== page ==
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Experts call for new economic modeling to meet energy transition ambition

offshore wind farm
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The ambition of policymakers navigating the energy transition has surpassed the capacity of economic modeling for the first time, a new keynote paper argues.

In a featured comment publication for Nature Energy, researchers—including from the Institute for New Economic Thinking and the Oxford Smith School at the University of Oxford—outline the challenges facing policymakers working with traditional economic modeling across the public and industrial sectors. The paper is titled "Economic modeling fit for the demands of energy decision makers."

The paper calls for a shift from narrow cost-benefit analysis and modeling based on economic equilibrium, towards models which capture the dynamics of the transition and represent policy ideas in real detail. These capabilities are required to match the policies governments are actually designing and implementing now, such as the ETS in China, offshore wind auctions in the UK, and the Inflation Reduction Act in the US.

Lead author Dr. Pete Barbrook-Johnson, a Senior Research Associate at the Institute for New Economic Thinking and the Smith School for Enterprise and the Environment at Oxford, said that the global policy conversation had shifted, bringing with it a different set of requirements for economic modelers.

"We've been working with partners in China, India, Brazil, the UK, and Europe to explore what kind of modeling support they need to understand the energy transition.

"What they tell us is that they really need models that allow them to capture the detail of policies to understand what their impacts might be and how the energy transition might unfold. We have been developing these capabilities for a few years, and this cohort of new models is now maturing.

"But, we must acknowledge what is required is a new type of modeling that's not been established and used in lots of places, so we need to do more to expand and learn from the promising work that's already out there. In this paper, we explore what we need to do, things like invest in new teams, work with partners in more countries, and collect more detailed economic data to match the details of the models," Dr. Barbrook-Johnson said.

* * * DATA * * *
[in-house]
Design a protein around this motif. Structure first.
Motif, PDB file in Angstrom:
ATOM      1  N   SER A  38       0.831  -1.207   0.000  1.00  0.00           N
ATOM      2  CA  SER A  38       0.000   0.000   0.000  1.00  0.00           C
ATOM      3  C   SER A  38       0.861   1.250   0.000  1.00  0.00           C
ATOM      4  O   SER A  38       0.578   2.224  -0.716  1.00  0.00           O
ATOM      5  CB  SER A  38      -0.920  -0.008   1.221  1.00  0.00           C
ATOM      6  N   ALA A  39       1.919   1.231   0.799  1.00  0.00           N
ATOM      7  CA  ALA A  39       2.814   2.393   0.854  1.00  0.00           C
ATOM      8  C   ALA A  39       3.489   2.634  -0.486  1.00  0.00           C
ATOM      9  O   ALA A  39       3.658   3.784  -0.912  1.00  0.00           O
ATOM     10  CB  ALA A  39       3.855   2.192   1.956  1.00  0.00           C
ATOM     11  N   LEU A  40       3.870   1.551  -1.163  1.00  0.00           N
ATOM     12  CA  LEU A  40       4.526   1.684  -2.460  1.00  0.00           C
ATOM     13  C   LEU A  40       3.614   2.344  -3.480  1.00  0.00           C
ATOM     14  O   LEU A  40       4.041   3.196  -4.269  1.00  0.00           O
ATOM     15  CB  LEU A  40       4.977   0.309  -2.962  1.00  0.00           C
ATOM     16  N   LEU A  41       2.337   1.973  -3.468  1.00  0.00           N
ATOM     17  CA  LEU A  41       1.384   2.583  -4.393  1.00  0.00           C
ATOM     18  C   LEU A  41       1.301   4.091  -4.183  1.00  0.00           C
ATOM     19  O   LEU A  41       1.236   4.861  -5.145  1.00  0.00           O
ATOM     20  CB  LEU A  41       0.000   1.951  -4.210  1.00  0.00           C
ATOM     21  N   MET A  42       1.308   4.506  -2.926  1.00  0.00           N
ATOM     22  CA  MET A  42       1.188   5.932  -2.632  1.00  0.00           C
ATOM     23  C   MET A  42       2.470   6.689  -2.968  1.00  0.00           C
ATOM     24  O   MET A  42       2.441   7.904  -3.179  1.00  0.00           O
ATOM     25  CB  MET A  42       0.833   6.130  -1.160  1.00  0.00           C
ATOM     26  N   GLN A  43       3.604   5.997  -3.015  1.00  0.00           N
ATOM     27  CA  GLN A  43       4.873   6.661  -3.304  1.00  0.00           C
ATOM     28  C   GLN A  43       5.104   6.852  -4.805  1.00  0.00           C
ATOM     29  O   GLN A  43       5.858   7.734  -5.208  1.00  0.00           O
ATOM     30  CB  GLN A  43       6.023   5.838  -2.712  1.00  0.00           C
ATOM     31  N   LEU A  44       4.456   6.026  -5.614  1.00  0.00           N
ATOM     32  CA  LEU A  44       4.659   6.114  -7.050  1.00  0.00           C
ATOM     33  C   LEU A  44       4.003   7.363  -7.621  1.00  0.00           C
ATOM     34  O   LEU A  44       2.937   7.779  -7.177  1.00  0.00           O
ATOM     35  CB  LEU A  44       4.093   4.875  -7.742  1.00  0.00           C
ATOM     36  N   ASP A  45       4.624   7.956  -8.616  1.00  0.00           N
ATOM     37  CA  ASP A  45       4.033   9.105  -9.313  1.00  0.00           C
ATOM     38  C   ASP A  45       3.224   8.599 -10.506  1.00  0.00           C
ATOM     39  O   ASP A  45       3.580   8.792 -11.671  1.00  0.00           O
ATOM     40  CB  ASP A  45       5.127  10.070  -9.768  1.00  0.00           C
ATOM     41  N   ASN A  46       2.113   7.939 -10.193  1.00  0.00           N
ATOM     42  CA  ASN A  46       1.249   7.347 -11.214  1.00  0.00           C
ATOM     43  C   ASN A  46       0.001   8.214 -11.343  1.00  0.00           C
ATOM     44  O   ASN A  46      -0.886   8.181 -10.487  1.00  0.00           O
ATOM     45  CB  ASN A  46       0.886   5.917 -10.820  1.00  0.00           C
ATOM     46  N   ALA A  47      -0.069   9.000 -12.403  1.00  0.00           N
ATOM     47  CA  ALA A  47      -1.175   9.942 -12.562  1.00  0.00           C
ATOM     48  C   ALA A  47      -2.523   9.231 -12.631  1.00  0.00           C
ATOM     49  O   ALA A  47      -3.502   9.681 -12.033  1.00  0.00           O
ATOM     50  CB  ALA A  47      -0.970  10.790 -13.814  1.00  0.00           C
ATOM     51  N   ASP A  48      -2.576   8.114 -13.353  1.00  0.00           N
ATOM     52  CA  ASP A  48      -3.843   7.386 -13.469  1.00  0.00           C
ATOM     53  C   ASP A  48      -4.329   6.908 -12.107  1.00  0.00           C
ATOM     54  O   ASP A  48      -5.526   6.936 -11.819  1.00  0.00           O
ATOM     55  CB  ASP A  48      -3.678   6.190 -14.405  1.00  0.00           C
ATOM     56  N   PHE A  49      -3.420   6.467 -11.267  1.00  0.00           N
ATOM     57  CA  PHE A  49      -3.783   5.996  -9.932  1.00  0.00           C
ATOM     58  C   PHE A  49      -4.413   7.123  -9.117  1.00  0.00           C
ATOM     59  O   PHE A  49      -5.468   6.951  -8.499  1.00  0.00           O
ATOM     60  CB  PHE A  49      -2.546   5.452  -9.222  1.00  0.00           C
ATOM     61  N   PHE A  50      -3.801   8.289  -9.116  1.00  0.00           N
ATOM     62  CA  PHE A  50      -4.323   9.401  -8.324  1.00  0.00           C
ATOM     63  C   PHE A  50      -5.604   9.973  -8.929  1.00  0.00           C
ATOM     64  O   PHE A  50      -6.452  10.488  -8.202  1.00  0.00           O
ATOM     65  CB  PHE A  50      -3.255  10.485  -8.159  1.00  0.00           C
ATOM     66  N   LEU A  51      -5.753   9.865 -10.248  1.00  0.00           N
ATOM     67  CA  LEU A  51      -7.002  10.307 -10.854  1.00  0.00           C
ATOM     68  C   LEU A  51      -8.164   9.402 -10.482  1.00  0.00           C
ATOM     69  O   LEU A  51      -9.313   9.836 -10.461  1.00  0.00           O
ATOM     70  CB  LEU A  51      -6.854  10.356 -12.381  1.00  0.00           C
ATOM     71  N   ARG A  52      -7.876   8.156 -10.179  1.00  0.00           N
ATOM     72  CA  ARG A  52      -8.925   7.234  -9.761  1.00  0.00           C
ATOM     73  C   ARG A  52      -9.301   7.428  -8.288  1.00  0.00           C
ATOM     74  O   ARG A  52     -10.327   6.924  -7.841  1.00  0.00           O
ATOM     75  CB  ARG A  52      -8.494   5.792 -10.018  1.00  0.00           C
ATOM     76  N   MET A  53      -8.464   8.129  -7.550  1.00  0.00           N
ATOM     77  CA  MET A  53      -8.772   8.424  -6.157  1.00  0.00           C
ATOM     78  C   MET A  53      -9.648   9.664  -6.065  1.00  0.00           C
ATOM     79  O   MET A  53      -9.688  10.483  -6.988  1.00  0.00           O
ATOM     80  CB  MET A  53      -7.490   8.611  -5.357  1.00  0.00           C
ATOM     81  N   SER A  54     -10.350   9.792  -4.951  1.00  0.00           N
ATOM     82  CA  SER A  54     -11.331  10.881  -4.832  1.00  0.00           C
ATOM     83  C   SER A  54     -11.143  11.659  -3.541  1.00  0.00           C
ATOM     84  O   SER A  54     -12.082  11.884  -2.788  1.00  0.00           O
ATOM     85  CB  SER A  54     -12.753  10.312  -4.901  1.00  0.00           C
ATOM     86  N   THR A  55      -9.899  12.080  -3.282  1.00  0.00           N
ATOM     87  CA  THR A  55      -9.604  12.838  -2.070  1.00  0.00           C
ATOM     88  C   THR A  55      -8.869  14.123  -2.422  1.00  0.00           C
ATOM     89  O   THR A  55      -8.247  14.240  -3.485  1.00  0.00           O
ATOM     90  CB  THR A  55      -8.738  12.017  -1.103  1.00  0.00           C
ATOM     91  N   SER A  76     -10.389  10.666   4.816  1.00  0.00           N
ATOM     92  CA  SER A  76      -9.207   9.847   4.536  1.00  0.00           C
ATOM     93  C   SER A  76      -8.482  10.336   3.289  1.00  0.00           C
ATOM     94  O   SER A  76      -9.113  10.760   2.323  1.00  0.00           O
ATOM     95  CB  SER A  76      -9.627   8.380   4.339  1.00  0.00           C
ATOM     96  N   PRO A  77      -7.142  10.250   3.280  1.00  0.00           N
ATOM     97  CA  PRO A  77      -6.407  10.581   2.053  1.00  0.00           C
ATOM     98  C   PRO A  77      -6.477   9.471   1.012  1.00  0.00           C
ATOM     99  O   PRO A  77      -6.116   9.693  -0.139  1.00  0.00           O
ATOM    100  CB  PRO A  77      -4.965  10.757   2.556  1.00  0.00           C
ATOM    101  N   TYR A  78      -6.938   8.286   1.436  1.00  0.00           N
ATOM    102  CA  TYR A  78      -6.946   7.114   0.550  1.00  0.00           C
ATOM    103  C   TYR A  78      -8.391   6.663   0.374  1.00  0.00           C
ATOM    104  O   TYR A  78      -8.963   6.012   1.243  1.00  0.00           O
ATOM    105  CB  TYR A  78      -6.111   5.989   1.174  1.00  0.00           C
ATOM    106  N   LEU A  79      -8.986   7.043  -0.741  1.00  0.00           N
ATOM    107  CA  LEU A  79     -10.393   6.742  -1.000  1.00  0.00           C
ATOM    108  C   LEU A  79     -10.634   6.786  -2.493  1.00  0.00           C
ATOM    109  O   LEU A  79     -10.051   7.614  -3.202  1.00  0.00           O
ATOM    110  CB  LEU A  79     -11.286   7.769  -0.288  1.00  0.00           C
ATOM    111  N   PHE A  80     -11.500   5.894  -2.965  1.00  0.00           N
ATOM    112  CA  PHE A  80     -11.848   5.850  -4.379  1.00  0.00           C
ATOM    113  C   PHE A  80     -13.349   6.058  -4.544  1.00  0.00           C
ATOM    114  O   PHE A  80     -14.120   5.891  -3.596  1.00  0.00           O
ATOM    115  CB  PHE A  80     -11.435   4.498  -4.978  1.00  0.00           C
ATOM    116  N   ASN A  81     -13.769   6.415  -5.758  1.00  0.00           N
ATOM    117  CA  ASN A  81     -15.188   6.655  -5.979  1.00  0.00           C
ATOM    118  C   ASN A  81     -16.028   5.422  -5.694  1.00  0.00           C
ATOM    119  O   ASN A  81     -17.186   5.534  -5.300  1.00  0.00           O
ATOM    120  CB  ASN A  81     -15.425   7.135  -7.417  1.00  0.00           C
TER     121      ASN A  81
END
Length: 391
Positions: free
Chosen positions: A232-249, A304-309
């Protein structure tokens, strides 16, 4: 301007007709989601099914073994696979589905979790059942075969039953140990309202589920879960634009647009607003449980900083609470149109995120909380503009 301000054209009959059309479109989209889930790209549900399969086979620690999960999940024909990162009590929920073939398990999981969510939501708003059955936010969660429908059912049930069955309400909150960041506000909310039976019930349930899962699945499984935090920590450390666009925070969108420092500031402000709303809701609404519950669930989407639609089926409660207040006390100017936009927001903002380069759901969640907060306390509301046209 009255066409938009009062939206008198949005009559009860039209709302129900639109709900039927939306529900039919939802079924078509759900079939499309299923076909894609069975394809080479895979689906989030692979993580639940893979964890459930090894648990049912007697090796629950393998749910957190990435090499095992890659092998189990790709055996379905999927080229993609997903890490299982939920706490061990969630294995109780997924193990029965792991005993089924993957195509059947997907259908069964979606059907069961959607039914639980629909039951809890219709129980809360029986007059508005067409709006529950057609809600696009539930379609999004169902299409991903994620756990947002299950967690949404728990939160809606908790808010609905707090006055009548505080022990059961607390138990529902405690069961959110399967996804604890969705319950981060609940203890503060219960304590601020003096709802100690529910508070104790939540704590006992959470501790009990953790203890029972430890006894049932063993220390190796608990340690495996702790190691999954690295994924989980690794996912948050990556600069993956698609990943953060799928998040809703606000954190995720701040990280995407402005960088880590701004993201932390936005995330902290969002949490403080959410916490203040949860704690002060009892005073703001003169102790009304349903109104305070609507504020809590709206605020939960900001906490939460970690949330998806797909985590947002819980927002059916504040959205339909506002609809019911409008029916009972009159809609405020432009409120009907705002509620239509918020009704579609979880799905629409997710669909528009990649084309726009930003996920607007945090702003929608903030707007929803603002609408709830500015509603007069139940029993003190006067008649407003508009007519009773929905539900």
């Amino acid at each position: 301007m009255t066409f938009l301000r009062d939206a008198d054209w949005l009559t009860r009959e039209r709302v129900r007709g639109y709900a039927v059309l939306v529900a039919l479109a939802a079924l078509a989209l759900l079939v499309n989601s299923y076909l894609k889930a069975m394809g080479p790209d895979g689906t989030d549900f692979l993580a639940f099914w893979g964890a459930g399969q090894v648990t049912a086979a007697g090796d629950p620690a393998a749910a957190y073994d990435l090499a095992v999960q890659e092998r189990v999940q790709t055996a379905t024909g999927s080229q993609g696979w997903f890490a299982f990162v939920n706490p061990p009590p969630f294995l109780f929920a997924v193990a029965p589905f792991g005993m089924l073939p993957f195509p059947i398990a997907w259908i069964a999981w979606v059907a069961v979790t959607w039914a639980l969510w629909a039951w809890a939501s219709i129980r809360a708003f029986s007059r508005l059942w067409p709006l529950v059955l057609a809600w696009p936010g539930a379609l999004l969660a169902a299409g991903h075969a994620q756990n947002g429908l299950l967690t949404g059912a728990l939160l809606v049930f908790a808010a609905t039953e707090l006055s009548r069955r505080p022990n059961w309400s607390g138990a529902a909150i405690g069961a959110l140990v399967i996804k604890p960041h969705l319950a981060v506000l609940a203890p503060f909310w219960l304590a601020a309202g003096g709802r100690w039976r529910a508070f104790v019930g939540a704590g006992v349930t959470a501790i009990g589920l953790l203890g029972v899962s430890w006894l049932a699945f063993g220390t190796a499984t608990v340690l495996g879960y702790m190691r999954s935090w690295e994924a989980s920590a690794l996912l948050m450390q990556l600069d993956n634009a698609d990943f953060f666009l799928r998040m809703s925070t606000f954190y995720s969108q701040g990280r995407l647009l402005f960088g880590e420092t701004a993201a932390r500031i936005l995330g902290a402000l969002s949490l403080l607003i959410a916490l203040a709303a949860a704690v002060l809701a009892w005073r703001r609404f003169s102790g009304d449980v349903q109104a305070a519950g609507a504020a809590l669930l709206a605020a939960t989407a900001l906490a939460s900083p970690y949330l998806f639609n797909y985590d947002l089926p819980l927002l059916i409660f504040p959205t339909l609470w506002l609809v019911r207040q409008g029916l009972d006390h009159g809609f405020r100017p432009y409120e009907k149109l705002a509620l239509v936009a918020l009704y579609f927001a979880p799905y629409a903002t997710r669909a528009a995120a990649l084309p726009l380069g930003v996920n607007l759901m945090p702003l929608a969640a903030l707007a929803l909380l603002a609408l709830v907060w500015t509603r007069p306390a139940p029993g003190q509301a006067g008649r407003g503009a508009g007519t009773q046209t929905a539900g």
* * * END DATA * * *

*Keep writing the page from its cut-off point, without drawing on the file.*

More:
INET Oxford Complexity Economics Program Director and Smith School Baillie Gifford Professor of Complex Systems Science at the Oxford Martin School, Doyne Farmer, said that there was a danger that traditional economic modelers were being left behind by energy transition.

"Traditional economics has failed us by providing, so far, mostly bad advice. We're trying to remedy that by developing a whole new style of models based on a different set of principles that does a better job of explaining empirical facts and that can better guide us through the transition.

"This paper lays out a kind of manifesto for what can be done, including talking about the successes we've had in the EEIST project, where we gave examples of models that we think are doing a significantly better job than others.

"Among other things we've shown that the is going to happen much faster than people have been realizing as the costs of renewable energy are going to drop lower than on a purely economic basis. We need new economic modeling to support this. We still need some for technologies like green hydrogen that are needed to provide storage," Professor Farmer said.

More information: Pete Barbrook-Johnson et al, Economic modelling fit for the demands of energy decision makers, Nature Energy (2024). DOI: 10.1038/s41560-024-01452-7

Citation: Experts call for new economic modeling to meet energy transition ambition (2024, February 16) retrieved 12 April 2024 from
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